When your code refers to a declared element, the Visual Basic compiler matches the name in your reference to the appropriate declaration of that name. If more than one element is declared with the same name, you can control which of those elements is to be referenced by qualifying its name.
The compiler attempts to match a name reference to a name declaration with the narrowest scope. This means it starts with the code making the reference and works outward through successive levels of containing elements.
The following example shows references to two variables with the same name. The example declares two variables, each named
totalCount, at different levels of scope in module
container. When the procedure
totalCount without qualification, the Visual Basic compiler resolves the reference to the declaration with the narrowest scope, namely the local declaration inside
showCount. When it qualifies
totalCount with the containing module
container, the compiler resolves the reference to the declaration with the broader scope.
' Assume these two modules are both in the same assembly. Module container Public totalCount As Integer = 1 Public Sub showCount() Dim totalCount As Integer = 6000 ' The following statement displays the local totalCount (6000). MsgBox("Unqualified totalCount is " & CStr(totalCount)) ' The following statement displays the module's totalCount (1). MsgBox("container.totalCount is " & CStr(container.totalCount)) End Sub End Module Module callingModule Public Sub displayCount() container.showCount() ' The following statement displays the containing module's totalCount (1). MsgBox("container.totalCount is " & CStr(container.totalCount)) End Sub End Module
Qualifying an Element Name
If you want to override this search process and specify a name declared in a broader scope, you must qualify the name with the containing element of the broader scope. In some cases, you might also have to qualify the containing element.
Qualifying a name means preceding it in your source statement with information that identifies where the target element is defined. This information is called a qualification string. It can include one or more namespaces and a module, class, or structure.
The qualification string should unambiguously specify the module, class, or structure containing the target element. The container might in turn be located in another containing element, usually a namespace. You might need to include several containing elements in the qualification string.
To access a declared element by qualifying its name
Determine the location in which the element has been defined. This might include a namespace, or even a hierarchy of namespaces. Within the lowest-level namespace, the element must be contained in a module, class, or structure.
' Assume the following hierarchy exists outside your code. Namespace outerSpace Namespace innerSpace Module holdsTotals Public Structure totals Public thisTotal As Integer Public Shared grandTotal As Long End Structure End Module End Namespace End Namespace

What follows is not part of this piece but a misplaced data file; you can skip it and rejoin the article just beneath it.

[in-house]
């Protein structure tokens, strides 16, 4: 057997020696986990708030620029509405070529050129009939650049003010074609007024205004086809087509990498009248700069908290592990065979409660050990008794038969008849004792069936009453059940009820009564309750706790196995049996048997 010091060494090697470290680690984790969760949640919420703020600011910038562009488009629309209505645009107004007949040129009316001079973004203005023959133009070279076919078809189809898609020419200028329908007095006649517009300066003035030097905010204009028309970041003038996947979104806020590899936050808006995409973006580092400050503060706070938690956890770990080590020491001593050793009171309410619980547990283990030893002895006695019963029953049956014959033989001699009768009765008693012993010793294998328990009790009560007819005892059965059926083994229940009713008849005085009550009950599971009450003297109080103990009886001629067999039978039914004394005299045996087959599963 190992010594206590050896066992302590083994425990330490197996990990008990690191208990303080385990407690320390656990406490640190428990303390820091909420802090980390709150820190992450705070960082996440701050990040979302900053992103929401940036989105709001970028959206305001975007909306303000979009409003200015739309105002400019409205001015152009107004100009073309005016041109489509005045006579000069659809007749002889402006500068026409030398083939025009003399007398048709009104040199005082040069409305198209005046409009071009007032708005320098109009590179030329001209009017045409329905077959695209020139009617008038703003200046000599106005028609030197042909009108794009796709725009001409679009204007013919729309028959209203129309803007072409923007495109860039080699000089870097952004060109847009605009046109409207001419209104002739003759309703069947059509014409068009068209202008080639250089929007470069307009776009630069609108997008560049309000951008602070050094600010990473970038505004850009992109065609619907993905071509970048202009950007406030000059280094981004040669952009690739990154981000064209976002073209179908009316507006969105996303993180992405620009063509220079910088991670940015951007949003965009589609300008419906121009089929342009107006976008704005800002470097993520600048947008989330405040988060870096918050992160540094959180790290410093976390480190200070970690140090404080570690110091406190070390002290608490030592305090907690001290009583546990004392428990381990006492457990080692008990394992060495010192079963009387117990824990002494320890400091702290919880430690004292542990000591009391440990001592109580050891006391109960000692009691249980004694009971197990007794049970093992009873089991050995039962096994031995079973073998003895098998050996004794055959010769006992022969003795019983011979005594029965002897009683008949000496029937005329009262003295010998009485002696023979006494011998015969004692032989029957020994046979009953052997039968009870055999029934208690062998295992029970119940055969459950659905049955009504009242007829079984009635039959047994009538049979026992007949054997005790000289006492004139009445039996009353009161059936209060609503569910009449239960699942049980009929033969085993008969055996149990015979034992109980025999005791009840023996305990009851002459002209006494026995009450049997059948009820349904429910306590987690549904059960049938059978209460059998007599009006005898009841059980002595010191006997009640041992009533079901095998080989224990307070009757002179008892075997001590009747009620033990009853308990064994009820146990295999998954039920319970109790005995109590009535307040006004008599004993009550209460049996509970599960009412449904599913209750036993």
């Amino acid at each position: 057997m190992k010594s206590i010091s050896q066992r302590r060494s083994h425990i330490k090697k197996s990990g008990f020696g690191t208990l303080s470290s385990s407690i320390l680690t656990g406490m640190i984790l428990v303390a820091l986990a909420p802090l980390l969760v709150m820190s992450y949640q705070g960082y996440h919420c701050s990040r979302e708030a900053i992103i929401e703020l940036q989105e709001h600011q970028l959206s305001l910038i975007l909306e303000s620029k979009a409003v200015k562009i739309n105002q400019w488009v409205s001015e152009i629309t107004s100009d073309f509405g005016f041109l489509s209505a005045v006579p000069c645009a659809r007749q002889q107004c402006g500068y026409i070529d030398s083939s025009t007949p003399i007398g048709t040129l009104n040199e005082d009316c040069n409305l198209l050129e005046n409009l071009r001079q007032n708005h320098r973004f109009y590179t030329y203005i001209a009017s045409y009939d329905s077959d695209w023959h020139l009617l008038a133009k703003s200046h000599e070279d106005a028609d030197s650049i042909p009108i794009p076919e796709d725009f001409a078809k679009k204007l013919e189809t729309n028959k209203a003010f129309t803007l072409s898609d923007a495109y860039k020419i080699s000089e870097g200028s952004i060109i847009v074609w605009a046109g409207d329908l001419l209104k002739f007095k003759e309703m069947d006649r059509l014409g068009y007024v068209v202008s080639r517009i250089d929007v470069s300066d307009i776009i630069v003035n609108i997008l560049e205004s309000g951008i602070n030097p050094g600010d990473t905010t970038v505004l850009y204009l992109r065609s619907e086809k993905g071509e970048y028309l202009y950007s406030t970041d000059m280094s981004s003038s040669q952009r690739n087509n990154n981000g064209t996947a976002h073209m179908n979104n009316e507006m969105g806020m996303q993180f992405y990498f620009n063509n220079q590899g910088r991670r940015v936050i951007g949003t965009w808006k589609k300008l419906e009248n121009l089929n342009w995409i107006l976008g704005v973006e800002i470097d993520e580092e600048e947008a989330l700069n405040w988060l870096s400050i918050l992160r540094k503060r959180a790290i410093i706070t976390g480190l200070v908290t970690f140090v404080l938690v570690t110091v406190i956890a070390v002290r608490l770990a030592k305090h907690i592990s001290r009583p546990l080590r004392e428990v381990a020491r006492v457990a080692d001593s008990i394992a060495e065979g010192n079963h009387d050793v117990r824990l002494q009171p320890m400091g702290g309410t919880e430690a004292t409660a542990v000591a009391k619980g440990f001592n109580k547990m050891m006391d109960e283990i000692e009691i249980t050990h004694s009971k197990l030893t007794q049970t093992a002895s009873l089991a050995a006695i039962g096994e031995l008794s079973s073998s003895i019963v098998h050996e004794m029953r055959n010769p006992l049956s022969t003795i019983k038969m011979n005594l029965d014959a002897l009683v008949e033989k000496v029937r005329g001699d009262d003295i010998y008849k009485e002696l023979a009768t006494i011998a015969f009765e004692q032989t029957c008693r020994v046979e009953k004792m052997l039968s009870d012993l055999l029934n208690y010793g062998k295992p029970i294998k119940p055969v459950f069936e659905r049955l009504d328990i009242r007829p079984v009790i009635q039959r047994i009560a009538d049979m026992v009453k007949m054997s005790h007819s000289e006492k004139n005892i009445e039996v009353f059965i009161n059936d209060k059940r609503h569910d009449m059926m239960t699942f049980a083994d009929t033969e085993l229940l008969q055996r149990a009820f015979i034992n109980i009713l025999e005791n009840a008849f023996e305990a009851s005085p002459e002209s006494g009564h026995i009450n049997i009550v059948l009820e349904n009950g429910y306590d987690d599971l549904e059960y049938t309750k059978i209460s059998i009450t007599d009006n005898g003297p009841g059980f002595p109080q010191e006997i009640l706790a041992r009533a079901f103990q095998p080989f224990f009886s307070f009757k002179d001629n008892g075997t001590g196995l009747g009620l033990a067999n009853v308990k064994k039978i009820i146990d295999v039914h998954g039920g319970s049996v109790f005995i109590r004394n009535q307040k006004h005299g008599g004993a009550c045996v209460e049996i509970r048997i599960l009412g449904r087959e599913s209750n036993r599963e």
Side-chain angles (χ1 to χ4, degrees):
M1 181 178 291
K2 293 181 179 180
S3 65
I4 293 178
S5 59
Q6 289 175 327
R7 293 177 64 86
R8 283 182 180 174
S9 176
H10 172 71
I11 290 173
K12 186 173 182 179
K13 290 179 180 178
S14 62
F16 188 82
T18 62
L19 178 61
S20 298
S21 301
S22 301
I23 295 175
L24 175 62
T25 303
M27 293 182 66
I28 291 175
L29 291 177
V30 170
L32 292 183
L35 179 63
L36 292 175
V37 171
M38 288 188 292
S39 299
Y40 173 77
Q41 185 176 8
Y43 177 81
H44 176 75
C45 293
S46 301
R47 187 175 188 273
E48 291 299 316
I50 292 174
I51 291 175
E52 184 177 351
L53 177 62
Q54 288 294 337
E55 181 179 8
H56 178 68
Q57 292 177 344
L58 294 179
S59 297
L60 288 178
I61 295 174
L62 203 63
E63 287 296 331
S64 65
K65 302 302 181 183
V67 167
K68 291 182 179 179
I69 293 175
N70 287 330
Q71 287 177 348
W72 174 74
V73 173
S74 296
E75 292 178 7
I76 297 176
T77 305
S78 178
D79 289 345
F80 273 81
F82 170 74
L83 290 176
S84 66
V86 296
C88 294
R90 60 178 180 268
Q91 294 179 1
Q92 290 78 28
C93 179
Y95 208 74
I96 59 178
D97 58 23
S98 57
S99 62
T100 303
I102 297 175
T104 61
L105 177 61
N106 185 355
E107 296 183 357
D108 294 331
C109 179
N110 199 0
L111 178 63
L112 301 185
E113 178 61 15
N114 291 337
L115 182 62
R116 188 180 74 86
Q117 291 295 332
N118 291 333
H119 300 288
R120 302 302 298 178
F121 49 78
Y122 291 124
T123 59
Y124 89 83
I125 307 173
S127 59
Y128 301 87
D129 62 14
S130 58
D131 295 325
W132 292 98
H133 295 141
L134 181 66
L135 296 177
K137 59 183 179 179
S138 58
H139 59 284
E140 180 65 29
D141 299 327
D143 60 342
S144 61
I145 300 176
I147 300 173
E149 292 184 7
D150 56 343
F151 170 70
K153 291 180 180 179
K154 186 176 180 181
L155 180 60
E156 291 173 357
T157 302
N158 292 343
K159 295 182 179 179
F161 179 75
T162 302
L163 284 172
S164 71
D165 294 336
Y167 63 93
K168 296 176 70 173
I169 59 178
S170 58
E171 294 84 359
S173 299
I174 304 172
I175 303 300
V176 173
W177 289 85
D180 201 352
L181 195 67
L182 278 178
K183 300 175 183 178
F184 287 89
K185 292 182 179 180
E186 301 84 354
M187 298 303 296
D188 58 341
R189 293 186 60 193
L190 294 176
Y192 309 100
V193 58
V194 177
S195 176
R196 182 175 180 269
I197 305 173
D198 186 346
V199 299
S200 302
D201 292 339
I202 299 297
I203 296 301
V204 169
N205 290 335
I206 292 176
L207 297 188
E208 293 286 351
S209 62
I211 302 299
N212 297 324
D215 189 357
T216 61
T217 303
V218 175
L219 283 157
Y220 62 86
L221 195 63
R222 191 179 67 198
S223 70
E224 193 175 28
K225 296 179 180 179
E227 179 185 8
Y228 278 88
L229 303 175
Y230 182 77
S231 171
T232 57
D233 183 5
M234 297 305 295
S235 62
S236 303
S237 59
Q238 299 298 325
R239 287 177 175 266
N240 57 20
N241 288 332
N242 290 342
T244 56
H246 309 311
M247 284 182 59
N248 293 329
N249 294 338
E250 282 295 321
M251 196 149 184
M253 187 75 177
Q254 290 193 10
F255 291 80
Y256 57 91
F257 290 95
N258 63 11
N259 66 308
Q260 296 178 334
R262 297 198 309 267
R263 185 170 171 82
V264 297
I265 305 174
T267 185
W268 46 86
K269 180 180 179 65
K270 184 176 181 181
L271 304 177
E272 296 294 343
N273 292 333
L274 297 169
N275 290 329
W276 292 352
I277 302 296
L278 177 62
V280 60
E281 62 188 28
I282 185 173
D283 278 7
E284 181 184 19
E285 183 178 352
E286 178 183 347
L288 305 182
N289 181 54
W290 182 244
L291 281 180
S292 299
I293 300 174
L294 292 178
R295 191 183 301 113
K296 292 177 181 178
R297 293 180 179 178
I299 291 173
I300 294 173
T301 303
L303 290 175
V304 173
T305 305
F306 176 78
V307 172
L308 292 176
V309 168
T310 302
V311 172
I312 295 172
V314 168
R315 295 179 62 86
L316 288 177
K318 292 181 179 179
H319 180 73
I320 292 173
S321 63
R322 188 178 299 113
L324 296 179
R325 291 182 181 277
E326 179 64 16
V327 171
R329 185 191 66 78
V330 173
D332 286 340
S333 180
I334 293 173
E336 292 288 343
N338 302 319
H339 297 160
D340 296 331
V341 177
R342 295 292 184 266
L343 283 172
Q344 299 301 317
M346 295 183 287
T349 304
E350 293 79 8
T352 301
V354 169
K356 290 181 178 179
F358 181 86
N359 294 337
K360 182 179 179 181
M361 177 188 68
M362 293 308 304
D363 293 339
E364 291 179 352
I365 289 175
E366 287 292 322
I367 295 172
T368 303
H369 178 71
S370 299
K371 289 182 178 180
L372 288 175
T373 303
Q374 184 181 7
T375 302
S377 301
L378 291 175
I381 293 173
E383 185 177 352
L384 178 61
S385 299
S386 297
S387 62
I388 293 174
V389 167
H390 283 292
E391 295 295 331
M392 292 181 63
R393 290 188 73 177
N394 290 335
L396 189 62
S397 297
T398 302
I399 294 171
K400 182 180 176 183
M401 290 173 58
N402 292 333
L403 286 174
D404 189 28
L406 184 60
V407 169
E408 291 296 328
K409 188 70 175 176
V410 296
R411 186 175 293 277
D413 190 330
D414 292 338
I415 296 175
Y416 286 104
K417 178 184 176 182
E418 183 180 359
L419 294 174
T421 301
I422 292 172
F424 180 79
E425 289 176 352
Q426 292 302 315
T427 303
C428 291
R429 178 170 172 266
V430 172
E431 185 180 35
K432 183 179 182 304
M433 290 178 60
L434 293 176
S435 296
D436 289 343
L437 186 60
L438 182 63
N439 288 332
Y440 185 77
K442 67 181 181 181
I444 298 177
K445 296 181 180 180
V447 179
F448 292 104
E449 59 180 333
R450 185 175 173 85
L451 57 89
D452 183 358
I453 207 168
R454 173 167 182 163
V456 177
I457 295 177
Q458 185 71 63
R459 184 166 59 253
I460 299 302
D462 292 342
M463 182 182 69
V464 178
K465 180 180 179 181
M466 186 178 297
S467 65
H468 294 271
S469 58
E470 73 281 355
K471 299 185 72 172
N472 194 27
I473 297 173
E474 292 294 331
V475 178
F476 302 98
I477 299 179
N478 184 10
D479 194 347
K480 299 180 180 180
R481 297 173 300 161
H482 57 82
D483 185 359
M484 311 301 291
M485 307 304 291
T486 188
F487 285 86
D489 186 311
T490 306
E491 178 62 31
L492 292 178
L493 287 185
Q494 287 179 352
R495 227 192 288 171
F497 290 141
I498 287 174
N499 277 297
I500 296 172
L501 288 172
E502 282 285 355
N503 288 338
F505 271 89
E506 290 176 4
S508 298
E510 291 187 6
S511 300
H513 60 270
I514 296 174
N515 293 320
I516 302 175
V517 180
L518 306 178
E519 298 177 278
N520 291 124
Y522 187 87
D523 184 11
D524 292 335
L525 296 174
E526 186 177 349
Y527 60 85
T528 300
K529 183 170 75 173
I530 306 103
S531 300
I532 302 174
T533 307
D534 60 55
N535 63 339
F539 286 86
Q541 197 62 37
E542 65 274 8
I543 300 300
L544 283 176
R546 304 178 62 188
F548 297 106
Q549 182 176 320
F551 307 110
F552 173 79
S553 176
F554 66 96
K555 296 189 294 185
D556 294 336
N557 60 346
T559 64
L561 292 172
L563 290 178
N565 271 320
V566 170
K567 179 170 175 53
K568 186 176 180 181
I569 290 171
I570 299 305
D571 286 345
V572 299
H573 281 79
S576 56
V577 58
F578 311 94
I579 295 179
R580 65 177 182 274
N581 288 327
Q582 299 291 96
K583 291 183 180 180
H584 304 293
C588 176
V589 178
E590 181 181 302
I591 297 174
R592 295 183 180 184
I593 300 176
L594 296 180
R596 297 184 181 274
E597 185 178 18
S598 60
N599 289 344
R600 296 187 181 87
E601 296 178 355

Determine a qualification path based on the target element's location. Start with the highest-level namespace, proceed to the lowest-level namespace, and end with the module, class, or structure containing the target element. Each element in the path must contain the element that follows it.
Prepare the qualification string for the target element. Place a period (
.) after every element in the path. Your application must have access to every element in your qualification string.
Write the expression or assignment statement referring to the target element in the normal way.
grandTotal = 9000
Precede the target element name with the qualification string. The name should immediately follow the period (
.) that follows the module, class, or structure that contains the element.
' Assume the following module is part of your code. Module accessGrandTotal Public Sub setGrandTotal() outerSpace.innerSpace.holdsTotals.totals.grandTotal = 9000 End Sub End Module
The compiler uses the qualification string to find a clear, unambiguous declaration to which it can match the target element reference.
You might also have to qualify a name reference if your application has access to more than one programming element that has the same name. For example, the System.Windows.Forms and System.Web.UI.WebControls namespaces both contain a
Label class (System.Windows.Forms.Label and System.Web.UI.WebControls.Label). If your application uses both, or if it defines its own
Label class, you must distinguish the different
Label objects. Include the namespace or import alias in the variable declaration. The following example uses the import alias.
' The following statement must precede all your declarations. Imports win = System.Windows.Forms, web = System.Web.UI.WebControls ' The following statement references the Windows.Forms.Label class. Dim winLabel As New win.Label()
Members of Other Containing Elements
When you use a nonshared member of another class or structure, you must first qualify the member name with a variable or expression that points to an instance of the class or structure. In the following example,